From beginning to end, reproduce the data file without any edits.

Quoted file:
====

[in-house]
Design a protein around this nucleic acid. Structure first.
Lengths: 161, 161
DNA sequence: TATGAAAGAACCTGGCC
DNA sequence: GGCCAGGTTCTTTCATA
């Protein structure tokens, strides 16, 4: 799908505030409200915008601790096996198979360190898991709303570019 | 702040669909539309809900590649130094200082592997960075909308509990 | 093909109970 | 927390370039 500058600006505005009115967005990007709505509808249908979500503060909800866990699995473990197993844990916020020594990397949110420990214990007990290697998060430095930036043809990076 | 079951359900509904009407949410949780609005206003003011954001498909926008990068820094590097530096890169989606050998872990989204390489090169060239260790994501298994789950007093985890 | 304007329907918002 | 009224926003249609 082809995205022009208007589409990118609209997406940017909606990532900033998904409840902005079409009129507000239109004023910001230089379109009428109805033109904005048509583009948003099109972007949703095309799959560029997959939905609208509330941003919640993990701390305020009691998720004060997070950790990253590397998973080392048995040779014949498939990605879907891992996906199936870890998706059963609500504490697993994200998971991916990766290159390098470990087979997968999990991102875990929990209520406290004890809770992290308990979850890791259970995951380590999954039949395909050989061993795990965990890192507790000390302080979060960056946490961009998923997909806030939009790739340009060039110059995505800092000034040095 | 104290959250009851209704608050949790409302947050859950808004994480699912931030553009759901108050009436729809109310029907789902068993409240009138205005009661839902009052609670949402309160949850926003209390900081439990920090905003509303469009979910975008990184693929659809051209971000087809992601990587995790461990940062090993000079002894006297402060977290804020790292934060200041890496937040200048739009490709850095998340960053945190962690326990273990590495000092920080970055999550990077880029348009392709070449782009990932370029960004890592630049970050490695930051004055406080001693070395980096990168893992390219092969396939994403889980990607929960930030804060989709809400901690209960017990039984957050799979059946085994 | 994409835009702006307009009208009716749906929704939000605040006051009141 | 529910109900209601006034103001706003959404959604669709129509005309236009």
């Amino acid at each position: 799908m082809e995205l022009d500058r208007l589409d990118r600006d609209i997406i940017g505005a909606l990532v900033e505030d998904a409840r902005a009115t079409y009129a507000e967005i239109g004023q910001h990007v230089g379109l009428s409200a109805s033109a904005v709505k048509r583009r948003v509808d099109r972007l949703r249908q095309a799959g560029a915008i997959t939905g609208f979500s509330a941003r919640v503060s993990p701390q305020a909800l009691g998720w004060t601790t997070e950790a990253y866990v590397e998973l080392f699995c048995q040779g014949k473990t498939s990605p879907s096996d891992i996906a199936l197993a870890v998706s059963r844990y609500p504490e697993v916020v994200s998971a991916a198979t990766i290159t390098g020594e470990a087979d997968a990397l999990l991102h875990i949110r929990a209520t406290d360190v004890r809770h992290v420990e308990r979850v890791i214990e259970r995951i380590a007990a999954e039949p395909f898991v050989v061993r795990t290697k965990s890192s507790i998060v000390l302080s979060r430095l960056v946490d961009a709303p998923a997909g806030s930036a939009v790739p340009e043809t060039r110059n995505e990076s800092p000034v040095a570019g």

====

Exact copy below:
[in-house]
Design a protein around this nucleic acid. Structure first.
Lengths: 161, 161
DNA sequence: TATGAAAGAACCTGGCC
DNA sequence: GGCCAGGTTCTTTCATA
């Protein structure tokens, strides 16, 4: 799908505030409200915008601790096996198979360190898991709303570019 | 702040669909539309809900590649130094200082592997960075909308509990 | 093909109970 | 927390370039 500058600006505005009115967005990007709505509808249908979500503060909800866990699995473990197993844990916020020594990397949110420990214990007990290697998060430095930036043809990076 | 079951359900509904009407949410949780609005206003003011954001498909926008990068820094590097530096890169989606050998872990989204390489090169060239260790994501298994789950007093985890 | 304007329907918002 | 009224926003249609 082809995205022009208007589409990118609209997406940017909606990532900033998904409840902005079409009129507000239109004023910001230089379109009428109805033109904005048509583009948003099109972007949703095309799959560029997959939905609208509330941003919640993990701390305020009691998720004060997070950790990253590397998973080392048995040779014949498939990605879907891992996906199936870890998706059963609500504490697993994200998971991916990766290159390098470990087979997968999990991102875990929990209520406290004890809770992290308990979850890791259970995951380590999954039949395909050989061993795990965990890192507790000390302080979060960056946490961009998923997909806030939009790739340009060039110059995505800092000034040095 | 104290959250009851209704608050949790409302947050859950808004994480699912931030553009759901108050009436729809109310029907789902068993409240009138205005009661839902009052609670949402309160949850926003209390900081439990920090905003509303469009979910975008990184693929659809051209971000087809992601990587995790461990940062090993000079002894006297402060977290804020790292934060200041890496937040200048739009490709850095998340960053945190962690326990273990590495000092920080970055999550990077880029348009392709070449782009990932370029960004890592630049970050490695930051004055406080001693070395980096990168893992390219092969396939994403889980990607929960930030804060989709809400901690209960017990039984957050799979059946085994 | 994409835009702006307009009208009716749906929704939000605040006051009141 | 529910109900209601006034103001706003959404959604669709129509005309236009």
């Amino acid at each position: 799908m082809e995205l022009d500058r208007l589409d990118r600006d609209i997406i940017g505005a909606l990532v900033e505030d998904a409840r902005a009115t079409y009129a507000e967005i239109g004023q910001h990007v230089g379109l009428s409200a109805s033109a904005v709505k048509r583009r948003v509808d099109r972007l949703r249908q095309a799959g560029a915008i997959t939905g609208f979500s509330a941003r919640v503060s993990p701390q305020a909800l009691g998720w004060t601790t997070e950790a990253y866990v590397e998973l080392f699995c048995q040779g014949k473990t498939s990605p879907s096996d891992i996906a199936l197993a870890v998706s059963r844990y609500p504490e697993v916020v994200s998971a991916a198979t990766i290159t390098g020594e470990a087979d997968a990397l999990l991102h875990i949110r929990a209520t406290d360190v004890r809770h992290v420990e308990r979850v890791i214990e259970r995951i380590a007990a999954e039949p395909f898991v050989v061993r795990t290697k965990s890192s507790i998060v000390l302080s979060r430095l960056v946490d961009a709303p998923a997909g806030s930036a939009v790739p340009e043809t060039r110059n995505e990076s800092p000034v040095a570019g």